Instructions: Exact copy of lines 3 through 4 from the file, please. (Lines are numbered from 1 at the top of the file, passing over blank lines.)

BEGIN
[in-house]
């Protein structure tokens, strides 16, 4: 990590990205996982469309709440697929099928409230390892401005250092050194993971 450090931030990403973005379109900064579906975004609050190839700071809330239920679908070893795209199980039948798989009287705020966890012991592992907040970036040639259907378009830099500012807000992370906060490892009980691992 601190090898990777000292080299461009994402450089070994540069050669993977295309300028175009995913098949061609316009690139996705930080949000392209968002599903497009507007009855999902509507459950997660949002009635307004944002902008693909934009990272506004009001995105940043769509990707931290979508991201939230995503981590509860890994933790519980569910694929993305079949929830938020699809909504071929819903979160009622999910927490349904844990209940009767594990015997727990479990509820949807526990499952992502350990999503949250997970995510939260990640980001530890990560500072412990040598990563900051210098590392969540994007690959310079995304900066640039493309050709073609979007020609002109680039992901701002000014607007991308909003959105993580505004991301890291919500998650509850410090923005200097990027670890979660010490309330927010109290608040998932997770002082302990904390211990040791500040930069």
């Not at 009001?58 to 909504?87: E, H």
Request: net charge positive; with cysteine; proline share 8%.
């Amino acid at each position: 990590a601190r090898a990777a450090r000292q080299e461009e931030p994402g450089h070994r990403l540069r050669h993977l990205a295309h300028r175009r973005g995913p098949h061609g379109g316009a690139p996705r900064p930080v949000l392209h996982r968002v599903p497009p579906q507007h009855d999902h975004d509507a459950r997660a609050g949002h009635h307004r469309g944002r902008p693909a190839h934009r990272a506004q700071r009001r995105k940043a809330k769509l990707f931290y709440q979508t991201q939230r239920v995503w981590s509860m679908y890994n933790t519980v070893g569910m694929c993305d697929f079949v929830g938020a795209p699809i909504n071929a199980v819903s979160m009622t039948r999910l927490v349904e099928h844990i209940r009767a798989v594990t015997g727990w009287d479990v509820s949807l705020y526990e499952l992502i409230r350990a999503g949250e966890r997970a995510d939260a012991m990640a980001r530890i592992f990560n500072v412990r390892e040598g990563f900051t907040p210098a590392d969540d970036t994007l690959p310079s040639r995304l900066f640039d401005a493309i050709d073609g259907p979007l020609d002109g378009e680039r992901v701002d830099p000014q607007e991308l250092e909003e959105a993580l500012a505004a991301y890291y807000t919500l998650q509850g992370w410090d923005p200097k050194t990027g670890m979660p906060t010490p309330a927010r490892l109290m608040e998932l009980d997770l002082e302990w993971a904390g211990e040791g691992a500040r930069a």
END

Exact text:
């Not at 009001?58 to 909504?87: E, H």
Request: net charge positive; with cysteine; proline share 8%.